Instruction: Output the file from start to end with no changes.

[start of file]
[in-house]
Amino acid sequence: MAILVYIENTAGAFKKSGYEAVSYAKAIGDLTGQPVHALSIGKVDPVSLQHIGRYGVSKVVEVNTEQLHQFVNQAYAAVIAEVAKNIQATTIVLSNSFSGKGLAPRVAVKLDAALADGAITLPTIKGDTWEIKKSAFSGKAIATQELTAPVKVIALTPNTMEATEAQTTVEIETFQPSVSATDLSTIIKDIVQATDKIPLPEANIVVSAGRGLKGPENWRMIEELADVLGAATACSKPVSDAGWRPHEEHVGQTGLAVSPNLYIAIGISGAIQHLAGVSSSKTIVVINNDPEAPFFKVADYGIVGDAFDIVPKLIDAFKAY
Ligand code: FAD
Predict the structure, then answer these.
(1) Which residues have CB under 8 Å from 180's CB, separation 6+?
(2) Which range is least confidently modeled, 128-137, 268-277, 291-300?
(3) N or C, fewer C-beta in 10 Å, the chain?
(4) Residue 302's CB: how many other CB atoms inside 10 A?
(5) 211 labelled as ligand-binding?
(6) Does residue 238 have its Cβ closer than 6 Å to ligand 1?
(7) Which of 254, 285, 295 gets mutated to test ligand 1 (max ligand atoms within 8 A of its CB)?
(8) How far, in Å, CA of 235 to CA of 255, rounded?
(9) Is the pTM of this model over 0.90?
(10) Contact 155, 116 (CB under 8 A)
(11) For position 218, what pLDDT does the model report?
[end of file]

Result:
[in-house]
Amino acid sequence: MAILVYIENTAGAFKKSGYEAVSYAKAIGDLTGQPVHALSIGKVDPVSLQHIGRYGVSKVVEVNTEQLHQFVNQAYAAVIAEVAKNIQATTIVLSNSFSGKGLAPRVAVKLDAALADGAITLPTIKGDTWEIKKSAFSGKAIATQELTAPVKVIALTPNTMEATEAQTTVEIETFQPSVSATDLSTIIKDIVQATDKIPLPEANIVVSAGRGLKGPENWRMIEELADVLGAATACSKPVSDAGWRPHEEHVGQTGLAVSPNLYIAIGISGAIQHLAGVSSSKTIVVINNDPEAPFFKVADYGIVGDAFDIVPKLIDAFKAY
Ligand code: FAD
Predict the structure, then answer these.
(1) Which residues have CB under 8 Å from 180's CB, separation 6+?
(2) Which range is least confidently modeled, 128-137, 268-277, 291-300?
(3) N or C, fewer C-beta in 10 Å, the chain?
(4) Residue 302's CB: how many other CB atoms inside 10 A?
(5) 211 labelled as ligand-binding?
(6) Does residue 238 have its Cβ closer than 6 Å to ligand 1?
(7) Which of 254, 285, 295 gets mutated to test ligand 1 (max ligand atoms within 8 A of its CB)?
(8) How far, in Å, CA of 235 to CA of 255, rounded?
(9) Is the pTM of this model over 0.90?
(10) Contact 155, 116 (CB under 8 A)
(11) For position 218, what pLDDT does the model report?